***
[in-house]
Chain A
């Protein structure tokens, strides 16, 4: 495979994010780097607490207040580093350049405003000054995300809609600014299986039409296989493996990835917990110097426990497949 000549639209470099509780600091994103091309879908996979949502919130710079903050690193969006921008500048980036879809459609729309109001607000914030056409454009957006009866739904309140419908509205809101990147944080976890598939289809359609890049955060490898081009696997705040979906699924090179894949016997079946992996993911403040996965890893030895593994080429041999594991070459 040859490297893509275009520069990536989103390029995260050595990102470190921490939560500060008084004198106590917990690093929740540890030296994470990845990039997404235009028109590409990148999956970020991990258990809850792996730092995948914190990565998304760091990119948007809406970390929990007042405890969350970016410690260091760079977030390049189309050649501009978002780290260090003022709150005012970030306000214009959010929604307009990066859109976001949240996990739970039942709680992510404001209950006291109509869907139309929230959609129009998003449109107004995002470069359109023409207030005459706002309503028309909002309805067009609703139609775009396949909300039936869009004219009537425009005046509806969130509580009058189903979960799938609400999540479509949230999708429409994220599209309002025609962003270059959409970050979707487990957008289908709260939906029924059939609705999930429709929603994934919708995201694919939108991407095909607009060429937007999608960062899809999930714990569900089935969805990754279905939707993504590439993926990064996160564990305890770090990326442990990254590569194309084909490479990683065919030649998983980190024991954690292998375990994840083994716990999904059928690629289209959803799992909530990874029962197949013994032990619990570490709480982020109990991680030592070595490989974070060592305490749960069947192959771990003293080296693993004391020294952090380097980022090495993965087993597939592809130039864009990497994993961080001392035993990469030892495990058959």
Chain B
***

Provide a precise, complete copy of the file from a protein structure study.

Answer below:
[in-house]
Chain A
């Protein structure tokens, strides 16, 4: 495979994010780097607490207040580093350049405003000054995300809609600014299986039409296989493996990835917990110097426990497949 000549639209470099509780600091994103091309879908996979949502919130710079903050690193969006921008500048980036879809459609729309109001607000914030056409454009957006009866739904309140419908509205809101990147944080976890598939289809359609890049955060490898081009696997705040979906699924090179894949016997079946992996993911403040996965890893030895593994080429041999594991070459 040859490297893509275009520069990536989103390029995260050595990102470190921490939560500060008084004198106590917990690093929740540890030296994470990845990039997404235009028109590409990148999956970020991990258990809850792996730092995948914190990565998304760091990119948007809406970390929990007042405890969350970016410690260091760079977030390049189309050649501009978002780290260090003022709150005012970030306000214009959010929604307009990066859109976001949240996990739970039942709680992510404001209950006291109509869907139309929230959609129009998003449109107004995002470069359109023409207030005459706002309503028309909002309805067009609703139609775009396949909300039936869009004219009537425009005046509806969130509580009058189903979960799938609400999540479509949230999708429409994220599209309002025609962003270059959409970050979707487990957008289908709260939906029924059939609705999930429709929603994934919708995201694919939108991407095909607009060429937007999608960062899809999930714990569900089935969805990754279905939707993504590439993926990064996160564990305890770090990326442990990254590569194309084909490479990683065919030649998983980190024991954690292998375990994840083994716990999904059928690629289209959803799992909530990874029962197949013994032990619990570490709480982020109990991680030592070595490989974070060592305490749960069947192959771990003293080296693993004391020294952090380097980022090495993965087993597939592809130039864009990497994993961080001392035993990469030892495990058959």
Chain B